By Mary Davis
This 1970 picture of a group standing in the patio of the Territorial House restaurant was lent to the Corrales Historical Society by Pat Windisch, who had moved to Corrales the year it was taken.
Pat, then Pat Phillips (see didn’t marry Chris Windisch until 1986), is smiling, standing next to Tommy Gentry (later the one and only Black mayor of Corrales) at the right end of the back row. She doesn’t remember the names of most of the people in the picture except for the woman standing in front of her, whose name was Diana Matheson.
Pat said that Diana was very much a horse person (“see even had bowed legs”) and her boyfriend (the grinning blonde young man next to Pat in the back) was a real cowboy too. The boy looking down in front is Ben Rotifer, and next to him is Tommy Gentry Jr. The young man in the cowboy hat may be Ben’s brother Jesse.
No one else was identified – more names welcomed!
Pat had come to New Mexico in 1968 to study archeology at UNM; she remembers that Corrales resident Mike Marshall was a graduate student there, The highlight of her archeological career was a summer in the Dordogne in southwest France excavating a cro-magnon site in a high cave.
Since she already had pottery skills, she made a living by working at the Fred Evangel studio on West Central. Eventually she gave up archeology (”can’t make a living doing archeology”) and became a full-time potter. She met her husband Chris when both were exhibiting at a craft fair on the Santa Fe Plaza. They were married on a snowy December day in a “magical” ceremony in front of a fireplace at La Posada Inn on East Palace Street in Santa Fe.
Pat remembers that the Territorial House, usually called the T House, was “a general meeting place for anyone over 21,” although children also frequented the restaurant. The photo shows several children, and in a recent interview Susi Baylor Eichhorst happily recalled that, “We rode our horses to the T House with our Dad and tied them up to a hitching post. Dad would have a beer, we kids had a Shirley Temple and played in the sawdust.”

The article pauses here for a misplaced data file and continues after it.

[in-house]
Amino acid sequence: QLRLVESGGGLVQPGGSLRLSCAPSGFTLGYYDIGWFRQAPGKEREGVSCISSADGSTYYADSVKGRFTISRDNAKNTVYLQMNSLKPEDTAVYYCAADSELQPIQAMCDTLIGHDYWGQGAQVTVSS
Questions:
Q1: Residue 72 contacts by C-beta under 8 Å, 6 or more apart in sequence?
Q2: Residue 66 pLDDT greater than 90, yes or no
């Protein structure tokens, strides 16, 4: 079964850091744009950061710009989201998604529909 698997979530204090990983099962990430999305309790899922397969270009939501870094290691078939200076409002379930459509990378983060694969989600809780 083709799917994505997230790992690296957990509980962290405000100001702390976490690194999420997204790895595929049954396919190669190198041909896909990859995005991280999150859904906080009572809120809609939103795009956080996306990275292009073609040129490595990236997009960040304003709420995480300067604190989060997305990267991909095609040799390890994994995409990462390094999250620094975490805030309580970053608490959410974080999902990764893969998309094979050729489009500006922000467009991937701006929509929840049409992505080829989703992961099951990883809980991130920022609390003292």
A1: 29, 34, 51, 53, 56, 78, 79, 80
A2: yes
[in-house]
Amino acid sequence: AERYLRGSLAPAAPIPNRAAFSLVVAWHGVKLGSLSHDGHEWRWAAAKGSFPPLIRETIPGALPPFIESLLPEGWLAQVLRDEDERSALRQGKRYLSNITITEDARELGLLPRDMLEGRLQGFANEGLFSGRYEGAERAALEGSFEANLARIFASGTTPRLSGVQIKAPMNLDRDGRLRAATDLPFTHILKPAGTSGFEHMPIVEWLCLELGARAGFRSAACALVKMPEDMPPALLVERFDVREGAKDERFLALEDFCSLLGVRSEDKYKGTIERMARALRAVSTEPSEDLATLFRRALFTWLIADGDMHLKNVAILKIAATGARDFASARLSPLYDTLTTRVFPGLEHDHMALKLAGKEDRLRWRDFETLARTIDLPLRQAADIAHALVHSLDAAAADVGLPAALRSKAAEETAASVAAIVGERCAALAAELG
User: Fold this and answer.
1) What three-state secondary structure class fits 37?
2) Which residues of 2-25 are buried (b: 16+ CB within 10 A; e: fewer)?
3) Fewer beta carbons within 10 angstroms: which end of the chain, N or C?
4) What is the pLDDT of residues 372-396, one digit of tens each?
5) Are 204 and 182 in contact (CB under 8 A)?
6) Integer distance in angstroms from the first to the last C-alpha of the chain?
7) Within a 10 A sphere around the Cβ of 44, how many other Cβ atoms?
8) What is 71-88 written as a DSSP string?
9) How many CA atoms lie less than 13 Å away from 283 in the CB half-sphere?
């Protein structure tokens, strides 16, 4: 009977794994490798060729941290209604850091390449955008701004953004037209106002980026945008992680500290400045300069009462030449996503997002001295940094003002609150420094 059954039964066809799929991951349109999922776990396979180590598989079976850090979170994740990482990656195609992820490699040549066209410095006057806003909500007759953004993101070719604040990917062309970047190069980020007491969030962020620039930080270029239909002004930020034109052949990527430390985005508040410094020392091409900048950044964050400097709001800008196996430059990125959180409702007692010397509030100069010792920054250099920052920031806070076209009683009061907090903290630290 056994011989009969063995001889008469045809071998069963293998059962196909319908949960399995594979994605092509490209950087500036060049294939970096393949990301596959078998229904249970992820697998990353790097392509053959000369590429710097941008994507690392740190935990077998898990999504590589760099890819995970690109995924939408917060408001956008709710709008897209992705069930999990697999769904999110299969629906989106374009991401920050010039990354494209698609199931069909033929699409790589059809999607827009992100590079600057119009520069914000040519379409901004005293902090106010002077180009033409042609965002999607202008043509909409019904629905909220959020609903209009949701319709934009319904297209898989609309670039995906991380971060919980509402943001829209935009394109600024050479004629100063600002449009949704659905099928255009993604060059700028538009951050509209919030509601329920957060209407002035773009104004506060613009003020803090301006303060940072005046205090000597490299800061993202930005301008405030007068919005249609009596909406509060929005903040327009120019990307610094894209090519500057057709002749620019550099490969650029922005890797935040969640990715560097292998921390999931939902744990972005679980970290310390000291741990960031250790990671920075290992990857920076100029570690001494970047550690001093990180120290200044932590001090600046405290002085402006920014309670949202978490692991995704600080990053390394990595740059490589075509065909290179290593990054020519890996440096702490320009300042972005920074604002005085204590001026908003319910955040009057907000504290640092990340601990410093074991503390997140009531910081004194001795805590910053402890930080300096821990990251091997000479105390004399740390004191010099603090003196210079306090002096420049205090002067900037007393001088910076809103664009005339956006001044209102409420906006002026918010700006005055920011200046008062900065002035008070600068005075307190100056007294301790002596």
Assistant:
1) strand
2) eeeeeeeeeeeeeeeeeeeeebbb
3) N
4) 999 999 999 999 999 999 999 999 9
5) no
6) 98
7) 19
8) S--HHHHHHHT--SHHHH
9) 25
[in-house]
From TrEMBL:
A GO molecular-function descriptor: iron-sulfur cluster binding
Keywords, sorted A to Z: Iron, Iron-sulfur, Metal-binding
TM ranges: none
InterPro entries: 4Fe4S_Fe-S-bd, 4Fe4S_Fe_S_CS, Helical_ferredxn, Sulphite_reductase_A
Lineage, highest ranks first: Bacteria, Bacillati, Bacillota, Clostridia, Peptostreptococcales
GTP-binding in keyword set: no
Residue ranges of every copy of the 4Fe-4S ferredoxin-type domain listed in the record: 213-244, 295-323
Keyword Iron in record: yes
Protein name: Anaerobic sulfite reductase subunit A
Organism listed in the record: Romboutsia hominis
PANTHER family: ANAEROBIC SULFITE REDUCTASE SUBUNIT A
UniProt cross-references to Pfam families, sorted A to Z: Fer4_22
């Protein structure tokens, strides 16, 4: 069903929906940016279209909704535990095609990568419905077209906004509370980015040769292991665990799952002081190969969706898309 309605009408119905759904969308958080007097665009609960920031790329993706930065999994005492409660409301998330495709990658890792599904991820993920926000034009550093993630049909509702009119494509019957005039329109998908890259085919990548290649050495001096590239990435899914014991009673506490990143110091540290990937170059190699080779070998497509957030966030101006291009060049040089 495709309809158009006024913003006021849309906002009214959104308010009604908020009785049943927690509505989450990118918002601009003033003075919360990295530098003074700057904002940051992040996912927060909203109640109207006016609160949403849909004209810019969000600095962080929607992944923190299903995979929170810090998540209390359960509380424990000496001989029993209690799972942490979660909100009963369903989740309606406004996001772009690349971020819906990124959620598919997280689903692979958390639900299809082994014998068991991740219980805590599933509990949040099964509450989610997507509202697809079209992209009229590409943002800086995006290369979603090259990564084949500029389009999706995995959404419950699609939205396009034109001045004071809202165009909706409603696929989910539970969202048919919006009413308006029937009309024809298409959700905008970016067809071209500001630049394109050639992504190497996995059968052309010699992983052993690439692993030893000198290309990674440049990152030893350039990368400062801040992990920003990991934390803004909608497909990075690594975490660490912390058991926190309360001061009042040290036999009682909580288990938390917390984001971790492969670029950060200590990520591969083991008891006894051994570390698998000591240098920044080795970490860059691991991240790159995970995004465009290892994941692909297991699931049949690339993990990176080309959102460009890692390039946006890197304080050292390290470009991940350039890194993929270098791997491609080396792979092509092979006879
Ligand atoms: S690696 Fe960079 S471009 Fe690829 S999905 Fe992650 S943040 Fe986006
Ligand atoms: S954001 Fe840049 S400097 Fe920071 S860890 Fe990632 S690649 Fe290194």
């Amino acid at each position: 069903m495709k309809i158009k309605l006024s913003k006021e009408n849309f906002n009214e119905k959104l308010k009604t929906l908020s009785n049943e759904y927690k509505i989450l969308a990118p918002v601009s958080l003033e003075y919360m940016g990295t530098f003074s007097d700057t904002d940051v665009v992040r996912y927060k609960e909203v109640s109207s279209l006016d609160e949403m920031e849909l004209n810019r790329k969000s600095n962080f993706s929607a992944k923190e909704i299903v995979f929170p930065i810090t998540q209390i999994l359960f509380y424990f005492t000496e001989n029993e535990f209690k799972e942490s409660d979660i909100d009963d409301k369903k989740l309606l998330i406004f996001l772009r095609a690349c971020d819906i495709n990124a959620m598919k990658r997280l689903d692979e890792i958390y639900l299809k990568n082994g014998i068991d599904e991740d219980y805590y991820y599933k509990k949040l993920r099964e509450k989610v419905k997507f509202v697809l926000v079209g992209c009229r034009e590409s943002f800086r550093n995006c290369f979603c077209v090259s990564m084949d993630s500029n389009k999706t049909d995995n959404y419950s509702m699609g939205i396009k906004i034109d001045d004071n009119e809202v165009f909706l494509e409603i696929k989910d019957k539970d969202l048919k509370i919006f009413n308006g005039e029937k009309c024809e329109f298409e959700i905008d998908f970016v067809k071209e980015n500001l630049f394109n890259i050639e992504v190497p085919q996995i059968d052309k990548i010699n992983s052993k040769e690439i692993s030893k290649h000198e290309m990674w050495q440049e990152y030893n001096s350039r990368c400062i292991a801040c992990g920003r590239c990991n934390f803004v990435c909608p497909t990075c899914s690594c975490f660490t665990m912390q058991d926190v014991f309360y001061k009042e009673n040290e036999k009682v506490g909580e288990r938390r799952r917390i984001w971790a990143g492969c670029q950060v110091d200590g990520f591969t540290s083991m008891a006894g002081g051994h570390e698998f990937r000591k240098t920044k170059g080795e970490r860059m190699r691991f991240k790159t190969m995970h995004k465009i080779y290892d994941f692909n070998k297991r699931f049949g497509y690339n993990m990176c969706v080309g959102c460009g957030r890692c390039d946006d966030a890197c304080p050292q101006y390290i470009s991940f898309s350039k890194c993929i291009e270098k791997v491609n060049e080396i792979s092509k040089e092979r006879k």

Many T House customers did ride to the restaurant. Pat remembered, “If they got drunk, they would just get on their horse and the horse knew the way home!”
The Territorial House deserves an article by itself since its long and vivid history is so complex; maybe next time. The Historical Society has no photographs of the building from its earlier days – we would very much appreciate any donations.
My interview with Pat about the group at the Territorial House unearthed a bit more information about the hippies (photograph in the Nov. 11, 2022 Comment) who lived in a commune called Welcome Home in the building that now is El Portal.
The story came out during Pat’s interview that in 1970 she lived just two houses south of Welcome Home. What she remembered of the group was they all had long hair and most smoked pot. She vividly remembers her visit to Welcome Home to borrow something and seeing “a whole stack of people piled on the floor.”
Pat “tried really hard to be a hippie” and wore Nehru shirts and bell bottom pants to blend in. However, when she visited her home in Illinois, her mother crushed her dream by saying, “I am so glad that none of my children became hippies.”
Information provided by Corrales Historial Society (CHS) Archives Committee. Want to learn more? Visit www.CorralesHistory.org for all the exciting things the Historical Society had to offer. New CHS members are always welcome.
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